Turkish and Syrian women shared traditional meals at an event Wednesday to promote solidarity in the Esenler district of Istanbul.
Gathering at the local culture and art center, 20 Turks and 20 Syrians shared their countries' culinary specialties, from Syrian lentils and semolina pudding to Turkish stuffed grape leaves and baklava.
The event was organized by the project "Supporting Local Governments to Support the Syrian Refugees' Peaceful Living with the Local Peoples" with the support of the Esenler Municipality, World Academy for Local Government and Democracy (WALD), and the United Nations High Commissioner for Refugees (UNHCR). The project aims to promote social and cultural harmony between Syrian migrants and Turks.
Women began the dinner by explaining the dishes and their ingredients, after which all were invited to taste and enjoy.
Women at the event shared about the importance of unity and solidarity, symbolized by sharing cultural foods with each other.
Syrian Dorsun Alalwo, who has lived in Turkey for three and a half years, thanked Turks for their hospitality and pointed out how Syrian and Turkish foods are both distinct and similar.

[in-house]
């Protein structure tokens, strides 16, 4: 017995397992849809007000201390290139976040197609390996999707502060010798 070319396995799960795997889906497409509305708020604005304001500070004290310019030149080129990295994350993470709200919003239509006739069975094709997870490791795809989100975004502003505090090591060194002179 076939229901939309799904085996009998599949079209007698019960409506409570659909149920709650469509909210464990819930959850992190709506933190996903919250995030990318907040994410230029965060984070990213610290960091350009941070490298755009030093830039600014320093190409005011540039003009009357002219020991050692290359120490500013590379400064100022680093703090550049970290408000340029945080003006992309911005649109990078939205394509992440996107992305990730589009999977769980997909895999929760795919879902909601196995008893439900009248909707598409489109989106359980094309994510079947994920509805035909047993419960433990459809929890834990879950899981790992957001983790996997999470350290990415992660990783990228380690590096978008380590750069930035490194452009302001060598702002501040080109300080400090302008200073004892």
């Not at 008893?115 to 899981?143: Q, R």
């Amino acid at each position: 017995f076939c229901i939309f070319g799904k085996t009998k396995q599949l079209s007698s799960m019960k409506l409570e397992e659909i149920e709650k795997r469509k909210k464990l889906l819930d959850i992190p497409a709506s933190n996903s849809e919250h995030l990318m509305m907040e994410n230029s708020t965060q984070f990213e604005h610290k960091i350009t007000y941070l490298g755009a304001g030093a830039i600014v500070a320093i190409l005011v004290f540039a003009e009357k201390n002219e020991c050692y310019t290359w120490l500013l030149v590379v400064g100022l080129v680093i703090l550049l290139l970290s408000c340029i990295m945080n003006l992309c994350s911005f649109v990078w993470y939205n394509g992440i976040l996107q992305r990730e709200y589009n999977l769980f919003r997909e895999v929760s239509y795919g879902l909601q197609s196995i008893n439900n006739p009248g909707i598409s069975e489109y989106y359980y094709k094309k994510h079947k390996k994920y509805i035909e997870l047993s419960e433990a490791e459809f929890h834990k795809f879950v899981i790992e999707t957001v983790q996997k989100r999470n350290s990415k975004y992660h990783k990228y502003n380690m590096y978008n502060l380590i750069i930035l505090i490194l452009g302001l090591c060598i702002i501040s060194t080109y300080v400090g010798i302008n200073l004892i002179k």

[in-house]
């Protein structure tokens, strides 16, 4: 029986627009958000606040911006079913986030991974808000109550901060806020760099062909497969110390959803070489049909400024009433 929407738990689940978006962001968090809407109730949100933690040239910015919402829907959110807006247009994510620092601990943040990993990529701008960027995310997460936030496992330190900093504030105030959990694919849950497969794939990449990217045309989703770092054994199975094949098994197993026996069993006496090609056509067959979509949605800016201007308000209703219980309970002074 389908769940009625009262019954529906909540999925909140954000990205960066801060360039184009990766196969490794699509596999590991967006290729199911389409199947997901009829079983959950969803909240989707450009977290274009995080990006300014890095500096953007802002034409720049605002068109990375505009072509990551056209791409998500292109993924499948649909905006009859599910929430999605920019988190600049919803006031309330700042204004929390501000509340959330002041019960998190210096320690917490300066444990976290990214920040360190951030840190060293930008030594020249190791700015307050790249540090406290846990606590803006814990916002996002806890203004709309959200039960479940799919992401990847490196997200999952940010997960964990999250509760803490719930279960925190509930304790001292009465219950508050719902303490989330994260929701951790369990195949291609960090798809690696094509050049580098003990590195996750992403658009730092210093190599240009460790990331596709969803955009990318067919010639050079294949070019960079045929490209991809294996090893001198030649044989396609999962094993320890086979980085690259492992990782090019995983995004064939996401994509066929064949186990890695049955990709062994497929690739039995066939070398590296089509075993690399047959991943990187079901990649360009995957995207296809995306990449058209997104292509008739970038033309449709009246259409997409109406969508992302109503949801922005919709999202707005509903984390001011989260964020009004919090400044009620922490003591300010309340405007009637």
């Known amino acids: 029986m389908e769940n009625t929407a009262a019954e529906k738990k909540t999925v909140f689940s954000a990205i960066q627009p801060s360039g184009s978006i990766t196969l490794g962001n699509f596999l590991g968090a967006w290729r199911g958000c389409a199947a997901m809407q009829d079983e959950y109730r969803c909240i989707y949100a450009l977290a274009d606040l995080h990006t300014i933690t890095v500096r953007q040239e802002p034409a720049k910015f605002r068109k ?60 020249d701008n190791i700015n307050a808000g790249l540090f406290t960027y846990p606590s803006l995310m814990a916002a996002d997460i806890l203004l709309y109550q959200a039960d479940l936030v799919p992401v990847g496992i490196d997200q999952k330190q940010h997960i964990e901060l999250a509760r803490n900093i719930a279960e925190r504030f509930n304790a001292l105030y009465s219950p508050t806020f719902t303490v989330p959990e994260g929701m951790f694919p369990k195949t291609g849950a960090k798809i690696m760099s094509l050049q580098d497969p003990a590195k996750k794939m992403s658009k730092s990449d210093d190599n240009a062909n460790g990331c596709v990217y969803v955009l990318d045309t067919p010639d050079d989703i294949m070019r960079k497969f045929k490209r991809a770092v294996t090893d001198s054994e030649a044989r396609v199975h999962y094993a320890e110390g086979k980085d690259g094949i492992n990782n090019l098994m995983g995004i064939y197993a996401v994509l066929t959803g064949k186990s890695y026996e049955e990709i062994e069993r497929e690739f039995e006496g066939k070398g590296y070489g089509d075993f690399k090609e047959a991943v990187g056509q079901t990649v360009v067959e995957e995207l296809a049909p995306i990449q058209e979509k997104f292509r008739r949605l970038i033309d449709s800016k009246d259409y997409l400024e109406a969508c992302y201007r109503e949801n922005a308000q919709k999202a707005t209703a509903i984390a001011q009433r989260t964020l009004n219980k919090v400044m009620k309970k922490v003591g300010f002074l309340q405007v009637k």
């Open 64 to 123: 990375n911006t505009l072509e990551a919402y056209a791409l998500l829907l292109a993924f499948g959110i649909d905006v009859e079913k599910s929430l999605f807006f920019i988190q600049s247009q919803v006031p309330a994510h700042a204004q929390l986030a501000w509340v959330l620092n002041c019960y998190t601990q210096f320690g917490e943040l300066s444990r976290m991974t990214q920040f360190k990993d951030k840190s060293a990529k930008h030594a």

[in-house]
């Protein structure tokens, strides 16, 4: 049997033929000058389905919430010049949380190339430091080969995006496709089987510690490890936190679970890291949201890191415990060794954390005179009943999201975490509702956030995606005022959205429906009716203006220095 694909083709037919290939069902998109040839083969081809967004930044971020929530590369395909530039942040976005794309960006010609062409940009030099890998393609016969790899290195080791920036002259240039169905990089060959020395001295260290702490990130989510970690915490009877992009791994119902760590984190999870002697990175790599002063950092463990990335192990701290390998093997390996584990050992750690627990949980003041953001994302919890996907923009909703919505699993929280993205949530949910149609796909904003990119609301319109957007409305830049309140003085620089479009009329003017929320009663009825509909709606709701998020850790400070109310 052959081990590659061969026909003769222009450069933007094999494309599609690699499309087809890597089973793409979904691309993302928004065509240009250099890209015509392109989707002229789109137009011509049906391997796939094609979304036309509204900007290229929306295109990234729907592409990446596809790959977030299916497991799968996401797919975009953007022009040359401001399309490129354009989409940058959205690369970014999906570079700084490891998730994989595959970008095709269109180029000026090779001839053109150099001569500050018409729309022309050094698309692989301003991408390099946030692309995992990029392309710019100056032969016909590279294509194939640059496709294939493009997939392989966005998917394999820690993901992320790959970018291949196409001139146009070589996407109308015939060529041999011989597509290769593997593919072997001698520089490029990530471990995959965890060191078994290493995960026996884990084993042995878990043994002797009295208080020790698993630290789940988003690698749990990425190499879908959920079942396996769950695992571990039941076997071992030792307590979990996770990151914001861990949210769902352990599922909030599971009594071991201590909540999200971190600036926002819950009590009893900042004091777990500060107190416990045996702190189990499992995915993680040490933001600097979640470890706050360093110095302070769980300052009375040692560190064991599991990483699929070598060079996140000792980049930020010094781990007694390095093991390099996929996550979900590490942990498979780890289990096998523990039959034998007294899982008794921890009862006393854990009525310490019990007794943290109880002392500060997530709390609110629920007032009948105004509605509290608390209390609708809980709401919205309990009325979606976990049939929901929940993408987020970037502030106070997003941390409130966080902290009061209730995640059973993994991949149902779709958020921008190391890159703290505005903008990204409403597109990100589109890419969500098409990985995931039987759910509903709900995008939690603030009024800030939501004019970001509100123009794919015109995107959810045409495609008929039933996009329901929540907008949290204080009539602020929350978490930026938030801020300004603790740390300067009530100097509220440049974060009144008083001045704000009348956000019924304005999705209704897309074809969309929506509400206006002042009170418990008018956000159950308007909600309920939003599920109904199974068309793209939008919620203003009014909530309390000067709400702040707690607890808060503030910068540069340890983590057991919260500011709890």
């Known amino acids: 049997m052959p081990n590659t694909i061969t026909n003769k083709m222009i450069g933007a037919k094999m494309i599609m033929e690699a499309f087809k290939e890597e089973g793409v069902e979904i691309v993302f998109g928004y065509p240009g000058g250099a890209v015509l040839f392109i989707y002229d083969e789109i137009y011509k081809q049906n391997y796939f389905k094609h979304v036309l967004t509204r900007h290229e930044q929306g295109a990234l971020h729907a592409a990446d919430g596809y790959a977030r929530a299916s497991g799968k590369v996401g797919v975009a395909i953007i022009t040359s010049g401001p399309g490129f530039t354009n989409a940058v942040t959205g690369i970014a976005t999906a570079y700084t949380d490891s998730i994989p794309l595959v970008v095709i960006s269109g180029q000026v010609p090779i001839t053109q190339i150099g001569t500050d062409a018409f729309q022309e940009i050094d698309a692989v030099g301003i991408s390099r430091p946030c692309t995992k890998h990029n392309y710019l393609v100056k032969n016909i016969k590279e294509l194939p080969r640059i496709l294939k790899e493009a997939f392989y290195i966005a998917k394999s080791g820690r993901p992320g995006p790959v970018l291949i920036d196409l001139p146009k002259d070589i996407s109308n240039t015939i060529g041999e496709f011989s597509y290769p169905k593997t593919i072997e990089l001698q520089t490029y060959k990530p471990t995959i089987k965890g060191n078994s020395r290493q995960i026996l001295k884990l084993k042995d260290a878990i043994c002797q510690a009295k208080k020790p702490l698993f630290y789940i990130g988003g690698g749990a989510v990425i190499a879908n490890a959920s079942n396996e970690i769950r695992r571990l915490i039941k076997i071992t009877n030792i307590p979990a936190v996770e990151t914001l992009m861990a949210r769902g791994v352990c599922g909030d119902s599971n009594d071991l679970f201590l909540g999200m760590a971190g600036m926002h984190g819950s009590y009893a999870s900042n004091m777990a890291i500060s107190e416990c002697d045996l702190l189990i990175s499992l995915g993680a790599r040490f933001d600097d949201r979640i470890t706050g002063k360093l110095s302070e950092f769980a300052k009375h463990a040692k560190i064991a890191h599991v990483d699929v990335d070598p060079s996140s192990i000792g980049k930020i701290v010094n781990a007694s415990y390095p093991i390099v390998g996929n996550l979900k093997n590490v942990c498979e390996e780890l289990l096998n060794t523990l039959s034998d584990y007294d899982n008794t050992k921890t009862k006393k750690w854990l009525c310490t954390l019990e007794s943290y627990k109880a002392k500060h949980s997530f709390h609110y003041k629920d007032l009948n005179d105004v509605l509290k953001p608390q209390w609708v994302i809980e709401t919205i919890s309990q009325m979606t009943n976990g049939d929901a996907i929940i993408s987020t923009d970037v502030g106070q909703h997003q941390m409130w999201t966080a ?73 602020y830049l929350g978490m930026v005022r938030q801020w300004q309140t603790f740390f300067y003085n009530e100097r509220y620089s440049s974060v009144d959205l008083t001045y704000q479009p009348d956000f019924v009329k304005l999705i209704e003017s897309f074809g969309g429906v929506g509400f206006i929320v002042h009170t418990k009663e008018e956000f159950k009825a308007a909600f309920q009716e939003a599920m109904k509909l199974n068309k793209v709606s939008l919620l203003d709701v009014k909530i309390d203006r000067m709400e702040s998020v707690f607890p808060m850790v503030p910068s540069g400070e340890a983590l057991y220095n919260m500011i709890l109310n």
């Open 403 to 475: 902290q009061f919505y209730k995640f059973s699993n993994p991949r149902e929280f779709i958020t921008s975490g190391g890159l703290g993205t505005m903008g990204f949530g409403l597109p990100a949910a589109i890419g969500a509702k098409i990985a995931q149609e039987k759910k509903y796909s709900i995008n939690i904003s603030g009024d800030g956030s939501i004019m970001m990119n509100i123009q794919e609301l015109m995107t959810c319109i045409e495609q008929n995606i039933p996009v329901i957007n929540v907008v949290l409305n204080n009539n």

Yüsra Yalgı, a Turk, remarked, "At such times we at least see that our cultures are not different from each other."
Esenler Municipality Women and Family Services coordinator Sevilay Acar said they have organized similar events to foster unity between locals and migrant women and plan to continue.
"We prepared a beautiful fraternal meal for the Syrian and Turkish women to get to know each other's cultures. The meal gave us the opportunity not only to share food, but also to talk and try to understand each other," Acar said.
"We organized the event so that our Syrian brothers and sisters do not feel alone here."
Turkey, for the third consecutive year, has hosted the largest number of Syrians worldwide, which accounts for around 45 percent of all Syrian refugees in the region, according to the UNHCR's June statistics. At the end of September, the number of Syrians in Turkey exceeded 3.2 million, with over 510,000 in Istanbul.